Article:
Kapital anchor buttons
On the interior of the coat you'll find a right breast pocket for small personal effects, and the whole garment is entirely unlined except for the sleeves, which are finished in a complementary printed rayon seen peaking out of the cuffs when upturned. Around those sleeves is a strap that can tighten down the cuffs in inclement weather.

Rayon printed lining and adjustable cuffs

All over the coat you find interesting and unexpected details, most of which I like (I love the sleeve lining, for instance) but many that you could also call "kooky," or maybe even "zany" - and this is relatively staid for Kapital. But take it or leave it, that's part of the charm.

Sizing, Fit, and Styling



I'm not a big guy by American standards - 5'11" 155 lbs, usually taking a small or slim medium shirt/36R to 38R suit jacket depending on the maker, but apparently in Japan I'm Godzilla. If you're bigger than I am, I guess that makes you Mechagodzilla. And I doubt they are making clothes that fit him.

While trying to size the jacket online, I found a Japanese size chart somewhere on the interwebs that looked like I was going to be a size 4 or something akin to a "large," but I ordered the coat in size 3 and 4 to make sure (Mr. Porter's return policy is free and amazing). Turns out I was right - the size 4 fits well in the shoulders and slim through the body as a peacoat should, with slightly long sleeves that I turn the cuffs up on - I suspect as intended. I'd advise some caution in translating this sizing across the board, however. Niche brands have a tendency to be all over the board - take Kapital's own vaunted century denim jeans, for example: they are reverse vanity sized. Take a moment to let that sink in. Is it because in America we like to think of ourselves as smaller than we really are, and in Japan the opposite is true? Unclear, but it makes for some dicey sizing situations.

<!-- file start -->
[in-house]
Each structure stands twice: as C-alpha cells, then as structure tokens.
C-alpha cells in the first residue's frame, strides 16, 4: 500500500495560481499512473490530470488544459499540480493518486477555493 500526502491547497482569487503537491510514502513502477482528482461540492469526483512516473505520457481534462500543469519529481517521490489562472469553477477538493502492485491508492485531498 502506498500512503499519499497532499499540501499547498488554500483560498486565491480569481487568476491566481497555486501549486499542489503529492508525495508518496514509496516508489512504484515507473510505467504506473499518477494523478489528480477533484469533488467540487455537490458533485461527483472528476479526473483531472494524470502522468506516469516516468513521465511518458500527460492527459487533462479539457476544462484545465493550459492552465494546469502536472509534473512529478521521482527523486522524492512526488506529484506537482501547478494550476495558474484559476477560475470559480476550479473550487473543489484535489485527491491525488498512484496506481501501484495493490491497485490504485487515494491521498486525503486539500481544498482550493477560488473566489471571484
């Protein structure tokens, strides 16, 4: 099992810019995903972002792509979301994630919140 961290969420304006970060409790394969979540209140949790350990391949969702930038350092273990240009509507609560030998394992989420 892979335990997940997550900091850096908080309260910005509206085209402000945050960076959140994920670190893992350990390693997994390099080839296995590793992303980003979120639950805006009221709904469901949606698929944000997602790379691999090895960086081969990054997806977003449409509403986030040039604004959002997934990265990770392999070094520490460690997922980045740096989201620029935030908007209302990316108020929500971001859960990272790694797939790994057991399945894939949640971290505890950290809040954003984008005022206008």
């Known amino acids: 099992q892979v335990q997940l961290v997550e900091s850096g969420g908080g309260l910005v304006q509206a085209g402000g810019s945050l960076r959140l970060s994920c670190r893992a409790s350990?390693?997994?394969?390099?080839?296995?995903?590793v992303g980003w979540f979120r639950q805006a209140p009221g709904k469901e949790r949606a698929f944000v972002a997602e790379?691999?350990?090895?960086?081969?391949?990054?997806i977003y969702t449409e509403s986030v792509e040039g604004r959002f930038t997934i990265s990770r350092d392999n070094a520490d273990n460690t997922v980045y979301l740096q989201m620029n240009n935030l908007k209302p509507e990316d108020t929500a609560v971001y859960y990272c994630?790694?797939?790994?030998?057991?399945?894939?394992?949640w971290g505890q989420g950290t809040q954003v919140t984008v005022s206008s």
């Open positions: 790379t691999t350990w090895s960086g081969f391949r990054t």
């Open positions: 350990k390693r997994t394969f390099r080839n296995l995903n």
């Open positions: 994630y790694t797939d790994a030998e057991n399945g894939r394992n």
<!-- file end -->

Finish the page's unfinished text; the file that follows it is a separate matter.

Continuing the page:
Also pictured: Shirt - Faherty, Scarf - H&M
In terms of styling, despite it small quirks the Kapital peacoat is still a fairly conservative design on the whole and pairs easily with most casual wear. I obsess about details because I'm a clothing nerd, but in practice they're much more subtle than they sound. I've found myself throwing the coat on over a chambray shirt with a pair of chinos and casual boots, or even layering it with my Naked and Famous noragi style kimono shirt, which is orders of magnitude more Asian-feeling than this actual Japanese-made coat. Still, if that's too much for you, I think the jacket blends in easily with what most guys would be comfortable wearing.


Seeing as its mostly unlined and a not heavyweight cotton, the coat is comfortable anytime you'd wear a light fall/spring jacket, like the classic denim trucker you probably already own. I wouldn't count on it to keep you warm in the winter, but it would be perfect for a two or three season coat, depending on where you live.

Impressions and Value



Kapital design represents the culmination of decades of Western appropriation, obsession and recreation, and subsequent development of traditional western heritage wear into its own distinct entity. And like most distinct flavors, it is difficult to feel lukewarm about - you usually either really like it or you really don't. Often, the fun details lie outside the realm of what I would care or dare to wear, though I generally find their more conservative designs to be fantastic. For that matter, most of the stores that import Japanese brands like this (such as No Man Walks Alone, Mr. Porter, and Unionmade Goods) tend to curate the more muted pieces anyway, for what it's worth.